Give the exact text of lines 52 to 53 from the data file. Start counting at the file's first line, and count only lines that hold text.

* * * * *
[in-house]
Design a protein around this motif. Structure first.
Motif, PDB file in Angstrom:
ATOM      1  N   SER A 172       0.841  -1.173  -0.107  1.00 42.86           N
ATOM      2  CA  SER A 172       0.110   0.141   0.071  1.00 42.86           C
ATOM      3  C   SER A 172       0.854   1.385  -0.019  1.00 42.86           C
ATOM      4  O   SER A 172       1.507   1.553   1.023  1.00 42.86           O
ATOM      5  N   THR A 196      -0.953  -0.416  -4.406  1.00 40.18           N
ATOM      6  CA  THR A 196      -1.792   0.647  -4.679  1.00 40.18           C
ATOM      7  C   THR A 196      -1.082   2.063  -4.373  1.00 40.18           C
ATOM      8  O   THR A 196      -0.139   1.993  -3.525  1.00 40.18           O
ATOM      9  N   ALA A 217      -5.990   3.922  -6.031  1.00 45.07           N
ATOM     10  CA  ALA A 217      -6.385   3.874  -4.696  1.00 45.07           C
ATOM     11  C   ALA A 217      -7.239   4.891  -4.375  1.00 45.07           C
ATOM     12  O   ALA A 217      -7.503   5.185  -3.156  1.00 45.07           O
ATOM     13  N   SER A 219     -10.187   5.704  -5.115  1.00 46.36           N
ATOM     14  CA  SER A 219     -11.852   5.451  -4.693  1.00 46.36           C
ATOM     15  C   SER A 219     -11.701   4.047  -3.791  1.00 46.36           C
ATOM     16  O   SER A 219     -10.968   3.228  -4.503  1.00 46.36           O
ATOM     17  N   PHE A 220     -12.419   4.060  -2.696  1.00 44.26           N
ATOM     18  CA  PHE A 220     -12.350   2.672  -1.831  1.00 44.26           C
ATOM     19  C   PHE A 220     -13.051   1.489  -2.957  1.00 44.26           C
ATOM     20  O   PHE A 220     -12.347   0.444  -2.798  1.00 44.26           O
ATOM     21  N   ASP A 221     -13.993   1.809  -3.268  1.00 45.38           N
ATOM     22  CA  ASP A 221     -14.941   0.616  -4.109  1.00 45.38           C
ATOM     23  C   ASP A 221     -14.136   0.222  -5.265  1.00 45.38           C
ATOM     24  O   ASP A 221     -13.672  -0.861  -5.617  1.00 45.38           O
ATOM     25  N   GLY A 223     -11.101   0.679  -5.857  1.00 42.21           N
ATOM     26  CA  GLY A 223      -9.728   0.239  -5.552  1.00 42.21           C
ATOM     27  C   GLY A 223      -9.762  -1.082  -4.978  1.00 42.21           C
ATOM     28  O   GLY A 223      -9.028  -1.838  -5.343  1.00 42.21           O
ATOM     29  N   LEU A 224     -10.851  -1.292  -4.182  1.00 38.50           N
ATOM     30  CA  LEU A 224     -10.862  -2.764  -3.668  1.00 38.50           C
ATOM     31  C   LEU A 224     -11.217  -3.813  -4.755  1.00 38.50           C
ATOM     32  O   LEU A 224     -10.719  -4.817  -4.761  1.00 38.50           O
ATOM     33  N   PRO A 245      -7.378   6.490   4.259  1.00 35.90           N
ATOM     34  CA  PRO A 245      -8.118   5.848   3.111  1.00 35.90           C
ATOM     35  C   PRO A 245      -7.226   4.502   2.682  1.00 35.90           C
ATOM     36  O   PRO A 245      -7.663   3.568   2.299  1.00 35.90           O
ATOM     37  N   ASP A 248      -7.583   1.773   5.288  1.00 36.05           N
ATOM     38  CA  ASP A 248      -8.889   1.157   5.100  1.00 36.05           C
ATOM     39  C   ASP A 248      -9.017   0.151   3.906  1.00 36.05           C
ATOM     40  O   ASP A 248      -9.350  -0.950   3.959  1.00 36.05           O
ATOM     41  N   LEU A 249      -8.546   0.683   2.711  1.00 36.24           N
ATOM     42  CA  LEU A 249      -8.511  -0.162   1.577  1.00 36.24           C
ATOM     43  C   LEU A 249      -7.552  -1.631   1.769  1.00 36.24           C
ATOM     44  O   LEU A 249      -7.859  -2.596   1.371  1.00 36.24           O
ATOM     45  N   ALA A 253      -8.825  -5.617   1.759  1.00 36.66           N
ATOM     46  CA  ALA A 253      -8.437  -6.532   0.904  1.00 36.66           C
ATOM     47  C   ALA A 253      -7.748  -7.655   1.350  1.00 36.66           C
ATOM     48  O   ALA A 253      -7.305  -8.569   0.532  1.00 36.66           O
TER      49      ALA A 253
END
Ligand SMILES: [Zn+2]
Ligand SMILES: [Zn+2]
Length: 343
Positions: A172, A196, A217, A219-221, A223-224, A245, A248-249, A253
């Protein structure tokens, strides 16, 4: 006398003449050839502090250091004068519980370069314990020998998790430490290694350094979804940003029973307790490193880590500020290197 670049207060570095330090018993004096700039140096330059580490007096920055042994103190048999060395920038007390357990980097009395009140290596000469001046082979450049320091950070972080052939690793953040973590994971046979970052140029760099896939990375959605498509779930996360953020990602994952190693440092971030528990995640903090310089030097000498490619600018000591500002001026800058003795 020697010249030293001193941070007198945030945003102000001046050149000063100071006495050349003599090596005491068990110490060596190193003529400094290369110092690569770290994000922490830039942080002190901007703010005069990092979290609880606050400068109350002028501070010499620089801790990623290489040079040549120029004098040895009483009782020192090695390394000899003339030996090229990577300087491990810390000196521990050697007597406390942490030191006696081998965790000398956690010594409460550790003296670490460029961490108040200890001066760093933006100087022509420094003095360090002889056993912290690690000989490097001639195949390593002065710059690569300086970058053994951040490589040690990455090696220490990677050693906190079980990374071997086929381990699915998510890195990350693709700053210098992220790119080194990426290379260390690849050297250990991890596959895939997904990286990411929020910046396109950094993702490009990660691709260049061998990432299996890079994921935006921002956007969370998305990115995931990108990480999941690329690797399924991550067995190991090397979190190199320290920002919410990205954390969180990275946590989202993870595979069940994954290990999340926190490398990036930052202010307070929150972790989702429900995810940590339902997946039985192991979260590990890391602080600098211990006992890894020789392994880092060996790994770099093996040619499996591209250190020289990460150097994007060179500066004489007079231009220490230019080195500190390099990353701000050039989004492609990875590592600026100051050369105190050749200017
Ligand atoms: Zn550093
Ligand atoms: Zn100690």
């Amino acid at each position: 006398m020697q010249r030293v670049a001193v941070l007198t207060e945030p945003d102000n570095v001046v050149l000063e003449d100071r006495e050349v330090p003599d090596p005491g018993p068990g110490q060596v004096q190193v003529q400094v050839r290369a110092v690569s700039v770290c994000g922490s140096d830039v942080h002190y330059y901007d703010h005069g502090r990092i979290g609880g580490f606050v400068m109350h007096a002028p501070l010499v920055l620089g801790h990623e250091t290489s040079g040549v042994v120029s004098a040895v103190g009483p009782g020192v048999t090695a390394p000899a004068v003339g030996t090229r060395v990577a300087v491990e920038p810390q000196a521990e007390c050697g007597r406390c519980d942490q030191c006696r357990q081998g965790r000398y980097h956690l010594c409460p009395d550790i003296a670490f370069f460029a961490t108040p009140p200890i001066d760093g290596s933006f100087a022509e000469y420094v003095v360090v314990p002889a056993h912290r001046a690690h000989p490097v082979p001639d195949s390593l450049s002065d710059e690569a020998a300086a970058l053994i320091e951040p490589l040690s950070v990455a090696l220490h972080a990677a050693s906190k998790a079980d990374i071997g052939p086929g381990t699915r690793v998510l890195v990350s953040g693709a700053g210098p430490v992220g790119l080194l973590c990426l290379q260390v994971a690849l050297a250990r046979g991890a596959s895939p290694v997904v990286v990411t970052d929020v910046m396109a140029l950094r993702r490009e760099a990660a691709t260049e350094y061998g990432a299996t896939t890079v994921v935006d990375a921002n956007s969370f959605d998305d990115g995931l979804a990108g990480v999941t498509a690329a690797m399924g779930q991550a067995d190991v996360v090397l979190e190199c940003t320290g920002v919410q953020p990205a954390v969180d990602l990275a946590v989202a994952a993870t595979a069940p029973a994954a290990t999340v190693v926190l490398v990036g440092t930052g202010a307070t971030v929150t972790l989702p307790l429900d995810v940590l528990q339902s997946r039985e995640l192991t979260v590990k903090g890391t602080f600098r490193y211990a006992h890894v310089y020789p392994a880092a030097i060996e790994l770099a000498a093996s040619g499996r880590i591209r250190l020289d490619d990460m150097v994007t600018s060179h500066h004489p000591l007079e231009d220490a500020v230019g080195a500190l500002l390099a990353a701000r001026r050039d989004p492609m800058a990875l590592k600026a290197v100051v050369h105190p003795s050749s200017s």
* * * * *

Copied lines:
TER      49      ALA A 253
END